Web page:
January 26, 2018

Flat Earth

Flat Earth

Mad Mike Hughes is a Flat Earther (that’s a thing now) who aims to prove he’s right about the planet’s true shape by launching himself into the air in a home-made rocket next week. Really — look him up on Facebook.

Unfortunately for Mike, you apparently have to reach 35,000 feet (just shy of 7 miles) in order to actually see the whole Earth, and he will only get to about 1,800 feet (about a third of one mile). But what the heck – why get hung up on a technicality? Mike is hell-bent on his mission, and science (not to mention government intervention and drone interference, among other obstacles) be damned.

Mike’s POSITIVE he’s correct, and nothing’s going to stop him. The problem here (only one?) is that, just because Mike is shouting from the rooftops, that doesn’t make him right. It just makes him loud – and possibly crazy and/or suicidal.

We’ve all seen the equivalent in business. Who hasn’t been in a meeting where one person just won’t give it up, persuaded by the strength of their convictions that they’ve got the answer? She or he who is the most enthusiastic is not necessarily the most accurate, or even necessarily credible. Passion is important, but it’s not proof of concept.

My partners and anyone else who knows me well will tell you that I can be very persistent myself. I always go after what I want or believe in, but before I reach a final conclusive decision about something I do my due diligence. And that includes listening to other people who may have different information that can help me get a better handle on a situation — whether it’s my business associate or my kid. No matter how compelling something might seem on the surface, there’s almost always more than meets the eye initially.

That’s how we manage our firm, and it’s worked out pretty well so far. A large part of what’s enabled us to successfully integrate new people and firms into the Marcum organization across the country is listening. Yes, we have a blueprint for how these things are supposed to work, based on prior successes and missteps, but there’s always room for improvement, and that starts with listening. It’s also the best and only way I know of to capitalize on what may already be working right, just the way it is. So if a firm that is joining Marcum has a way of working with a client, for example, that works for them and works for the client, why would I change it? And how would I know unless I clammed up long enough to listen?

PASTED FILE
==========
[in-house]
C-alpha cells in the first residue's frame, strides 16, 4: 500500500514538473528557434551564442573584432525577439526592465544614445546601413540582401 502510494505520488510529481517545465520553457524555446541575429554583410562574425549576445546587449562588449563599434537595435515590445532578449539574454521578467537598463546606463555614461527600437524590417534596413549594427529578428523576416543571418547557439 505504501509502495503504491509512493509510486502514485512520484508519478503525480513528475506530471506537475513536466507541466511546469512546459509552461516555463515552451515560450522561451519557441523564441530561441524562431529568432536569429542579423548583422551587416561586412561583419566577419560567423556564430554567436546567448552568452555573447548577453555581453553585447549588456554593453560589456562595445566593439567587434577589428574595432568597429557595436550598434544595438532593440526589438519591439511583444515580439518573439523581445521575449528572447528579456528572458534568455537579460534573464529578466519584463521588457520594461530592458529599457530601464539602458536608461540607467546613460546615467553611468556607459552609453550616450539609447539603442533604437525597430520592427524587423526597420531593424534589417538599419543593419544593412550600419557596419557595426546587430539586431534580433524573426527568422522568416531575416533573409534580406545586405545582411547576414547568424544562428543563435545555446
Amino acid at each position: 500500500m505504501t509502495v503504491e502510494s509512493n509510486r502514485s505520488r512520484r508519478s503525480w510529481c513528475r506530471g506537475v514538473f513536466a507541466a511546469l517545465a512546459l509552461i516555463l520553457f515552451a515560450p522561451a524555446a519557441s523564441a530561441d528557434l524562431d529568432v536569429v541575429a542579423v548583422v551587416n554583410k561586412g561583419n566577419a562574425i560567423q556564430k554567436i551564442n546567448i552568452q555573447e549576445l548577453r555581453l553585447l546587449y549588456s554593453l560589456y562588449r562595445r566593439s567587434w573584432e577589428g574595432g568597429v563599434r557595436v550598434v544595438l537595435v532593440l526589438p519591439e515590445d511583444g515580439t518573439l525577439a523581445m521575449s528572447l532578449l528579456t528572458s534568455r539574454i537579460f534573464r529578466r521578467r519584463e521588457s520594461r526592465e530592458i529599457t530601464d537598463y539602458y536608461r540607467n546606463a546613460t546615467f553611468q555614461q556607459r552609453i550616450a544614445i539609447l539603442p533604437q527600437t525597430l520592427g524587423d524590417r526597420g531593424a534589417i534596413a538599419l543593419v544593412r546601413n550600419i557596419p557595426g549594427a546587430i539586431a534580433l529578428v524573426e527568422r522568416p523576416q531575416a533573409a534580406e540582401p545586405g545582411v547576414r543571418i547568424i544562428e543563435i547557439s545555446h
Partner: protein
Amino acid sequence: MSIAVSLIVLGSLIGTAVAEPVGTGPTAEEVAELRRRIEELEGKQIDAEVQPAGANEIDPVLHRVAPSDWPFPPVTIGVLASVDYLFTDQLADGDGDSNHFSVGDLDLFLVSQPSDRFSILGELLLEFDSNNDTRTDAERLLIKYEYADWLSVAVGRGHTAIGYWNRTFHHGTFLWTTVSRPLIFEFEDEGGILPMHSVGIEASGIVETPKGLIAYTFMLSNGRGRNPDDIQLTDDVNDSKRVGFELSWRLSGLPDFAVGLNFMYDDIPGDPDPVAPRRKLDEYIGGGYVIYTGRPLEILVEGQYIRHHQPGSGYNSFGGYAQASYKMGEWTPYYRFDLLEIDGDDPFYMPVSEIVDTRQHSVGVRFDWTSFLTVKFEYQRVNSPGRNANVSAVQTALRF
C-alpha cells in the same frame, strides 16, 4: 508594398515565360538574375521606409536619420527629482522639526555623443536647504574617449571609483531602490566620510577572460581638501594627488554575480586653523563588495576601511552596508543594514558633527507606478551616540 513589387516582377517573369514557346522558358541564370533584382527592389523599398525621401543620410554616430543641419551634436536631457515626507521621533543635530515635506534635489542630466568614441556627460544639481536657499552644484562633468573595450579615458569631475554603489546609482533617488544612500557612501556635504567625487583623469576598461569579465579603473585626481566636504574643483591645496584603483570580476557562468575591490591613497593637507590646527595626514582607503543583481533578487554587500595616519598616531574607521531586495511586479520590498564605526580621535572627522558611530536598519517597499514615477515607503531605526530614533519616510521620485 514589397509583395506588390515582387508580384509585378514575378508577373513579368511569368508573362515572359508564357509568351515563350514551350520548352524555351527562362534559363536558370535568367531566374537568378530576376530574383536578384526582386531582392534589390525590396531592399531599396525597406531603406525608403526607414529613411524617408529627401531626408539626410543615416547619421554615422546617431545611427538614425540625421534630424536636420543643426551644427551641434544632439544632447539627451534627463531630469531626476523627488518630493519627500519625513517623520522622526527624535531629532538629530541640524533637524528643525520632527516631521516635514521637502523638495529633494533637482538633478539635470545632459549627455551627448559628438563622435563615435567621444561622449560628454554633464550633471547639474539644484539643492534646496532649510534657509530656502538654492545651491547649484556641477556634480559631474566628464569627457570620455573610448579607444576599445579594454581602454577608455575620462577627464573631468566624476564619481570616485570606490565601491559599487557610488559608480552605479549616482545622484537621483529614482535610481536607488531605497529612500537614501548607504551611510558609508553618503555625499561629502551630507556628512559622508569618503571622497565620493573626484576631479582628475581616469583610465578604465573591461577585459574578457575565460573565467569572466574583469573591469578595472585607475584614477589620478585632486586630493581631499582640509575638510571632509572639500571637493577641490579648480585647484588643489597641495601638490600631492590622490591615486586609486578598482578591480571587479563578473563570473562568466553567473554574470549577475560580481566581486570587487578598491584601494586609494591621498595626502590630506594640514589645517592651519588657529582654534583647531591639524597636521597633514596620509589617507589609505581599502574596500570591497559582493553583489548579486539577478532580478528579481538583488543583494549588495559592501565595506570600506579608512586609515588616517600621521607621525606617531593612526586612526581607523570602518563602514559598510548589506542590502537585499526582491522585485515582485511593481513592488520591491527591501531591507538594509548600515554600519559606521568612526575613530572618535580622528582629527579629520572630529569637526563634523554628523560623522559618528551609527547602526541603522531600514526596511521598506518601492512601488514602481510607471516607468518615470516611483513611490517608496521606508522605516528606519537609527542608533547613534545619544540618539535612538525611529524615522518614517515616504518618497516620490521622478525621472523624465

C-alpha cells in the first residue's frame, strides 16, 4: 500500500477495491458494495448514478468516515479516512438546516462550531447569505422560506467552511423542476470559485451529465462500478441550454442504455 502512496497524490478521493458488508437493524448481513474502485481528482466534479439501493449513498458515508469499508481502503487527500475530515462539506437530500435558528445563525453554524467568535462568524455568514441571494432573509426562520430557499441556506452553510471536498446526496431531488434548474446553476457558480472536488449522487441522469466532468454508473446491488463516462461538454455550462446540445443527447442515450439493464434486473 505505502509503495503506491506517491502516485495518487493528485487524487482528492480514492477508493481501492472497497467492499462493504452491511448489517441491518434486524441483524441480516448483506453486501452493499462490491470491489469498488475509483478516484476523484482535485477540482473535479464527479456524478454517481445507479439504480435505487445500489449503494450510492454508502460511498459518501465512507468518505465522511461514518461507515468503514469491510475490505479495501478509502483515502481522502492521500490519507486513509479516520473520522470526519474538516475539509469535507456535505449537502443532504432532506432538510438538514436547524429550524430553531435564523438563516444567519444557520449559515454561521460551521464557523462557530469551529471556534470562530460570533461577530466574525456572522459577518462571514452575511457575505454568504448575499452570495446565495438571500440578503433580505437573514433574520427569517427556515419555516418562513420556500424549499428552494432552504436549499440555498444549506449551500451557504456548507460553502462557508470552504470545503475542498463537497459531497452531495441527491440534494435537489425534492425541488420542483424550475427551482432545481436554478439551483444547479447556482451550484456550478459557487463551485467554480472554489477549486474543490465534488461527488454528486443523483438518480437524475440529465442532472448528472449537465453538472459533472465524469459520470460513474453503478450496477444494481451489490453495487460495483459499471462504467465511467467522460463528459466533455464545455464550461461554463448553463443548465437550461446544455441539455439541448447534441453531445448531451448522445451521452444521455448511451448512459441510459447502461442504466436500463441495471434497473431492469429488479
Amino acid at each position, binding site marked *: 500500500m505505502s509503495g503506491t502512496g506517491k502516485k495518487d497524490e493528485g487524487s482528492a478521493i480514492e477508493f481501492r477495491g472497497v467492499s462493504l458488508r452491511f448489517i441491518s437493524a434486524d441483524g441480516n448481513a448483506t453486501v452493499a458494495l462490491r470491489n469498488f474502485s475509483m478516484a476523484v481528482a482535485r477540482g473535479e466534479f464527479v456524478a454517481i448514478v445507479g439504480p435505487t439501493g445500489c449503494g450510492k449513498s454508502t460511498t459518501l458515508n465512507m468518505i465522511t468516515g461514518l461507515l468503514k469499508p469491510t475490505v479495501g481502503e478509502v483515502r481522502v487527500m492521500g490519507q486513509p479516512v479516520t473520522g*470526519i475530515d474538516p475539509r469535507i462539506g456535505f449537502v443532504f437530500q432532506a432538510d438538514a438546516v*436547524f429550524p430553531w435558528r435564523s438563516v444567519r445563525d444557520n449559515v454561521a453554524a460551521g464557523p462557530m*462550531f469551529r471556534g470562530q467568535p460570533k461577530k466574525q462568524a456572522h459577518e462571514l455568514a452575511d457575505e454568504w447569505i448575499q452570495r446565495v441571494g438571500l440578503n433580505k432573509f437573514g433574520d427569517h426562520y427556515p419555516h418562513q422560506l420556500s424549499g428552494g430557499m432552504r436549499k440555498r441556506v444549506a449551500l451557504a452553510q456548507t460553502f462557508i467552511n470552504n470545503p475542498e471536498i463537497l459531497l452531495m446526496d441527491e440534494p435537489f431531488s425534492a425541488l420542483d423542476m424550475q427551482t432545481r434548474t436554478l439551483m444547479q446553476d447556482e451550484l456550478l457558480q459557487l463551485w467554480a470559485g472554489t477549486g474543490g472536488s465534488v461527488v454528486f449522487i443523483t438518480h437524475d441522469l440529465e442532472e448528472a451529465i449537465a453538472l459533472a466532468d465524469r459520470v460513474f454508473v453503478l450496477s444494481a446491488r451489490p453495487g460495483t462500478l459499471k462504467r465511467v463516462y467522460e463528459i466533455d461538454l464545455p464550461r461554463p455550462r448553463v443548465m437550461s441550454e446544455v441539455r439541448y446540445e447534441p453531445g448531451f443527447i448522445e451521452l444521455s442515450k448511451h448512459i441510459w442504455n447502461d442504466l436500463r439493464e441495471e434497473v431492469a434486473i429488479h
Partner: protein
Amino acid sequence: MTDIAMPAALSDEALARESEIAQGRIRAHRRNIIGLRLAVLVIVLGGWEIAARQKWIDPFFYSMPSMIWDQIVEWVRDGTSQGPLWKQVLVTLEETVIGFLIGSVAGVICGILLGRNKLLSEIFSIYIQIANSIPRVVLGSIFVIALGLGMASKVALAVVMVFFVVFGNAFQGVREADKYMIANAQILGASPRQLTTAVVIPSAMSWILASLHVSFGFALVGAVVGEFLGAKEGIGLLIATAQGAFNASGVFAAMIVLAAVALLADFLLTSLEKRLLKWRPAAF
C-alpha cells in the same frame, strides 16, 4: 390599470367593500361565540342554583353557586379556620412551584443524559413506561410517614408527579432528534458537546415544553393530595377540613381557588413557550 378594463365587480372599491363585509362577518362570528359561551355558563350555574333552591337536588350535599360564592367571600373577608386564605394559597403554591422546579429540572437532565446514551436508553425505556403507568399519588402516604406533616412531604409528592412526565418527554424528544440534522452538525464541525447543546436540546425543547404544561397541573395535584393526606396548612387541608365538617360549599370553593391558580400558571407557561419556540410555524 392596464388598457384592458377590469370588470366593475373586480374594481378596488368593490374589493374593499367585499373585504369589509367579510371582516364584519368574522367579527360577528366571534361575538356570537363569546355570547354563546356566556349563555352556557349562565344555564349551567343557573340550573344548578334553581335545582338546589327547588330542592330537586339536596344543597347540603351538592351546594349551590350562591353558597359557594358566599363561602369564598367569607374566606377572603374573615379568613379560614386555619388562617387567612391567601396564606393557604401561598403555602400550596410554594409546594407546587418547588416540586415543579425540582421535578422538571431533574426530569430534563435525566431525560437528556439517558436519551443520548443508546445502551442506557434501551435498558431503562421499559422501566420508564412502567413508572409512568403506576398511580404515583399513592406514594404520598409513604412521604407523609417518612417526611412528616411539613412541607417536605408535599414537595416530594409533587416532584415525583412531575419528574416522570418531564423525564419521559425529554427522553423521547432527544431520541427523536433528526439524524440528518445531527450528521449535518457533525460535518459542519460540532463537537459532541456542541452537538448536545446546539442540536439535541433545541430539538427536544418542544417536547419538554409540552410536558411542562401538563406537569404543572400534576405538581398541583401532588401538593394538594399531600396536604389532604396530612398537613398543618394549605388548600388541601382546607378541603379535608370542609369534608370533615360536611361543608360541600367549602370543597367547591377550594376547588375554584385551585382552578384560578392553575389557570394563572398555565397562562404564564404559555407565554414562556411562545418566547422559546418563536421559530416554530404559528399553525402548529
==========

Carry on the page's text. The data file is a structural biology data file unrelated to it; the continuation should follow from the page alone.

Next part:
This might sound like common sense, but obviously, not everyone agrees (see paragraph 1).

On the rare occasion when you find yourself in a room with a person who won’t stop talking long enough to let in some fresh air, recognize it for what it is and get out of the way before their rocket lands on you.

On another, completely unrelated note, everyone in the Weiner house seems to be under the weather this week with something. The flu, strep throat, stomach ailments; you name it, we got it. The weather here in New York goes from bitter cold to 60 degrees and back, within a matter of days. Not to mention the germ-infested place our children go to everyday — school. I’m sure it’s no different where you live. We have another good two months, if not more, of winter ahead of us, so bundle up, stay dry and warm, eat well, get a good night’s sleep, and most of all if you start to feel something out of whack, stay home from school or work and keep your germs to yourself.